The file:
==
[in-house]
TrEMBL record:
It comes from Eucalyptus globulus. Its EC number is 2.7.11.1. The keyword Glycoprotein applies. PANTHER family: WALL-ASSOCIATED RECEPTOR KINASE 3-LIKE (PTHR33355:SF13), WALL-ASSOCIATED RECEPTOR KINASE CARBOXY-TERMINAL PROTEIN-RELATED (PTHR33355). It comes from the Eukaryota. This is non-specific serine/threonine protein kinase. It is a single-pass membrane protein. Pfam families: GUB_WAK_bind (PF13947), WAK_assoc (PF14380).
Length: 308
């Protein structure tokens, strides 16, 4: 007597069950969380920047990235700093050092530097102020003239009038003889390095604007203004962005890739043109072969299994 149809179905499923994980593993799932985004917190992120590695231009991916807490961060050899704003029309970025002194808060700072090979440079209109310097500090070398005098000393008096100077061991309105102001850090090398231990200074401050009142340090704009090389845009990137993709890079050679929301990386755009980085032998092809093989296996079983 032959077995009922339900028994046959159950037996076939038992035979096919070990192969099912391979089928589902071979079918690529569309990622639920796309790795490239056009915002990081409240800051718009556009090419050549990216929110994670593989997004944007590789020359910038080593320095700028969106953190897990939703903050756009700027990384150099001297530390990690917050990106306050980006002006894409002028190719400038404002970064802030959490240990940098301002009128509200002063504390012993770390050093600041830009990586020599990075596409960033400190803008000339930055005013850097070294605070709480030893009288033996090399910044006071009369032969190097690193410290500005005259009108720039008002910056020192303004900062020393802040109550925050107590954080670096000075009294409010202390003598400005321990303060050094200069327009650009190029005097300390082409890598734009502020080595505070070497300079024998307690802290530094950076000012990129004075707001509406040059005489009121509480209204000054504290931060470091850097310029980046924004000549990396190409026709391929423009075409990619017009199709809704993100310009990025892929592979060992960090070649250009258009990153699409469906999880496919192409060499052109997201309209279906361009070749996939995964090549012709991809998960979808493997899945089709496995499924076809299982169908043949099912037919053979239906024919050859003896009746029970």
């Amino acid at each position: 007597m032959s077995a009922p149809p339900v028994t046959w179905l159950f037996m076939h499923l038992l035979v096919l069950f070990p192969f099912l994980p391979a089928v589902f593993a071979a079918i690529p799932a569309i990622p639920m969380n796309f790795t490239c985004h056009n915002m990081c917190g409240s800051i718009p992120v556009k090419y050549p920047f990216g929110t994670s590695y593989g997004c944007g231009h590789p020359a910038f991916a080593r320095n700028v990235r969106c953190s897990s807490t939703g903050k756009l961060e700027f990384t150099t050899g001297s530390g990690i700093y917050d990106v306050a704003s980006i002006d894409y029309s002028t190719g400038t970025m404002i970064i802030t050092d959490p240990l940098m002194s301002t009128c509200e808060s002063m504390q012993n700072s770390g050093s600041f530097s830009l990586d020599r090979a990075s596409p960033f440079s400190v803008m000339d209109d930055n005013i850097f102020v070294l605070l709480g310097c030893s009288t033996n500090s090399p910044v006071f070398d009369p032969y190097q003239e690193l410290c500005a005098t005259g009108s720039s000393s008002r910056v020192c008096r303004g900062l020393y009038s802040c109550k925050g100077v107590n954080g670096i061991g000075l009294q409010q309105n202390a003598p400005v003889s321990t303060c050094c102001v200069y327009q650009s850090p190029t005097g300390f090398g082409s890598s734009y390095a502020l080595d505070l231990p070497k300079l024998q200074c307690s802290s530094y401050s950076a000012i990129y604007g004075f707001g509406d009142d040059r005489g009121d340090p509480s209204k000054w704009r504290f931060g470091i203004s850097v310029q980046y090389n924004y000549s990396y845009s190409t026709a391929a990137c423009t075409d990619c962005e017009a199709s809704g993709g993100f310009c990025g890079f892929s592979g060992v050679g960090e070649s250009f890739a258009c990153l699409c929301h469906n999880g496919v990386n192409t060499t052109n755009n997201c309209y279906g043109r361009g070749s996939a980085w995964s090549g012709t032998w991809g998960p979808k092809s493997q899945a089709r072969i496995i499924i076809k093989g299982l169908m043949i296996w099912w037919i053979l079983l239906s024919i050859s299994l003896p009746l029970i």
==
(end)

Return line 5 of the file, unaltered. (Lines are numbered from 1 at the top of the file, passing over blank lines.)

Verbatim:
């Protein structure tokens, strides 16, 4: 007597069950969380920047990235700093050092530097102020003239009038003889390095604007203004962005890739043109072969299994 149809179905499923994980593993799932985004917190992120590695231009991916807490961060050899704003029309970025002194808060700072090979440079209109310097500090070398005098000393008096100077061991309105102001850090090398231990200074401050009142340090704009090389845009990137993709890079050679929301990386755009980085032998092809093989296996079983 032959077995009922339900028994046959159950037996076939038992035979096919070990192969099912391979089928589902071979079918690529569309990622639920796309790795490239056009915002990081409240800051718009556009090419050549990216929110994670593989997004944007590789020359910038080593320095700028969106953190897990939703903050756009700027990384150099001297530390990690917050990106306050980006002006894409002028190719400038404002970064802030959490240990940098301002009128509200002063504390012993770390050093600041830009990586020599990075596409960033400190803008000339930055005013850097070294605070709480030893009288033996090399910044006071009369032969190097690193410290500005005259009108720039008002910056020192303004900062020393802040109550925050107590954080670096000075009294409010202390003598400005321990303060050094200069327009650009190029005097300390082409890598734009502020080595505070070497300079024998307690802290530094950076000012990129004075707001509406040059005489009121509480209204000054504290931060470091850097310029980046924004000549990396190409026709391929423009075409990619017009199709809704993100310009990025892929592979060992960090070649250009258009990153699409469906999880496919192409060499052109997201309209279906361009070749996939995964090549012709991809998960979808493997899945089709496995499924076809299982169908043949099912037919053979239906024919050859003896009746029970």